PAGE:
‘The Swordsman’ Summary & Analysis – His Physical Flaw Becomes His Mightiest Weapon


Based on True Historical Events, The Swordsman is told with a non-linear narrative. Set during the chaotic period of the Ming-Qing dynasty transition, the Korean action film follows the story of eccentric swordsman Tae-Yul (Jang Hyuk) who is considered as the best swordsman in Joseon.

The film begins with Tae-Yul trying to protect his king, Gwanghaegun, from the uprising that reaches his palace door to terminate him. Joseon’s greatest military general, Min Seung-ho fights with Tae-Yul in an intensive sword fight, Tae-Yul’s sword breaks into pieces. The pieces scratch his eyes injecting a life-long injury. Tae-Yul’s master, Gwanghaegun stops the fight and leaves the palace. He asks Tae-Yul to leave as well.

A few years later, Tae-Yul lives in seclusion in the mountains with his daughter, Tae-ok. Due to the old injury inflicted in the fight with Min Seung-ho, Tae-Yul’s eyesight begins to fade out. The only herb that could cure his ailment is found in the new kingdom of Joseon but Tae-Yul is skeptical about visiting there again.

When Tae-Yul and his daughter visit the kingdom, they learn about a new slavery peeping into the dynasty which is mostly targeted towards underage girls. The slave trader, Gurutai, a member of the Qing imperial family desires power and for that, he can go to any extent. In the execution of his nasty plans, Gurutai’s men come across Tae-Yul’s daughter, Tae-ok. Tae-yu interrupts their course and smashes Gurutai’s men with pride and anger. In order to take revenge from Tae-Yul, Gurutai abducts his daughter which further leads to the ultimate sword battle between Tae-Yul and Tae-Yul.

The storyline has nothing unique to offer and in the first hour of the film, the narrative lingers without any motivation. In this short span, there is too much historic information thrown towards the audience which is utterly complex and hard to grasp. In short, the setup of The Swordsman is majorly disappointing. However, when Tae-Yul’s daughter is abducted and he picks up his sword, the thrill starts and the level of adrenaline is too high to put into words.

After that moment, the film picks up an entertaining pace that captivates your attention until the end. For the first hour, it is unbearable, and for the second, unavoidable. The two prominent action sequences (the swordsman and gunman fight, and the final battle with Gurutai) are masterly designed and executed. I can vouch for both these action sequences, it makes the whole film stand out. It is just brilliant.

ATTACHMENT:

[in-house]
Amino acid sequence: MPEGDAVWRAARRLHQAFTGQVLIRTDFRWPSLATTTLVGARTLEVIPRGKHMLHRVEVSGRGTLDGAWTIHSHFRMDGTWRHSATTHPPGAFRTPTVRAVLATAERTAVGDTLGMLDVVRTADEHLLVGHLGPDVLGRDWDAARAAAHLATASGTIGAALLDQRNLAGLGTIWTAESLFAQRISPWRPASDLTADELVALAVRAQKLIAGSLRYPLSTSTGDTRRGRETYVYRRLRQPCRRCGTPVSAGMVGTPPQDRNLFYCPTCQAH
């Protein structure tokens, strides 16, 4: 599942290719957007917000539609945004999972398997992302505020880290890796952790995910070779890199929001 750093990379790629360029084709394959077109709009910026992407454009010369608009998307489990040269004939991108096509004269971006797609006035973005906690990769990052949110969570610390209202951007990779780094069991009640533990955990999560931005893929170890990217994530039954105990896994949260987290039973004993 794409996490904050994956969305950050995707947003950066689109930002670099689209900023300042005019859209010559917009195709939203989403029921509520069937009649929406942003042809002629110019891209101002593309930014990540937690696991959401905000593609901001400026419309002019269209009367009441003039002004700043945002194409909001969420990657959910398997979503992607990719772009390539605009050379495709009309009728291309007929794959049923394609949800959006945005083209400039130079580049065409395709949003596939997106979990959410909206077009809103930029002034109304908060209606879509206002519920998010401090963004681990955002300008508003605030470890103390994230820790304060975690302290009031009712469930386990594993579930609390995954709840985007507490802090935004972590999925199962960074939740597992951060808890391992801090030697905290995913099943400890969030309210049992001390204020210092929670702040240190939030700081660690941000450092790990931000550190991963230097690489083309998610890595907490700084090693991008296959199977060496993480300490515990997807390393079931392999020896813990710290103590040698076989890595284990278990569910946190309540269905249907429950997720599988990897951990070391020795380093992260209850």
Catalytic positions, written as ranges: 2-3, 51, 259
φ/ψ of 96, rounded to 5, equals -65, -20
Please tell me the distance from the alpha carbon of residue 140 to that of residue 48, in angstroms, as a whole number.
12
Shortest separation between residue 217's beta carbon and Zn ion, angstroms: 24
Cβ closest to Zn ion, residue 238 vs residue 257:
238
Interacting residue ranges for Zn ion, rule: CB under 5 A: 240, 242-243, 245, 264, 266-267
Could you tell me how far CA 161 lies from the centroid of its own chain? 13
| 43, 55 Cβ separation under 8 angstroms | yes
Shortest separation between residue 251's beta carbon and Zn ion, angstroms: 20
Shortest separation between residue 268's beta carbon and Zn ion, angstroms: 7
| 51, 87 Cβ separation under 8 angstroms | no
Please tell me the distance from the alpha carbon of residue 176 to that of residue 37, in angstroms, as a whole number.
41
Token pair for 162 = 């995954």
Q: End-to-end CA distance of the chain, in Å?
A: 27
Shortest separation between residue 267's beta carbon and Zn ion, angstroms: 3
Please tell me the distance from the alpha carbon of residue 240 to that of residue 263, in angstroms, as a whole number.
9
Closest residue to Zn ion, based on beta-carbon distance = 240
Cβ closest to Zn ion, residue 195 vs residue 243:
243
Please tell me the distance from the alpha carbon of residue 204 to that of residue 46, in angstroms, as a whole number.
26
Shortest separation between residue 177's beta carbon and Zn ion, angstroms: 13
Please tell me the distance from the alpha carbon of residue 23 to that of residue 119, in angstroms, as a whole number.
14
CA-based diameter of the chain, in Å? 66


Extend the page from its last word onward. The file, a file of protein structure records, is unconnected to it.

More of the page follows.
I wanted to see more of Tae-Yul. I wanted to understand him more, see his journey, and ironies more but the film robs you of that. Though, the only scenes that work in the film are about Tae-Yul himself. Especially the last scene of the film where emperor Gwanghaegun and Min Seung-ho are in conversation about hiring Tae-Yul as the king’s swordsman.

Min Seung-ho says, “he may be fast, but without form, he is reckless.” to which Gwanghaegun replies, “Without form, doesn’t he seem free.

I believe this particular scene is the most outstanding one in the whole film and it could have been an inspiration for the plot itself. Unfortunately, the plot was about something else. Yet, The Swordsman is an interesting watch.

Note – The Swordsman is a Korean Film and thus it would best suited to watch the film with English Subtitles.

The Swordsman is currently not available online.

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Shikhar Agrawal
Shikhar Agrawal
I am an Onstage Dramatist and a Screenwriter. I have been working in the Indian Film Industry for the past 12 years, writing dialogues for various films and television shows.

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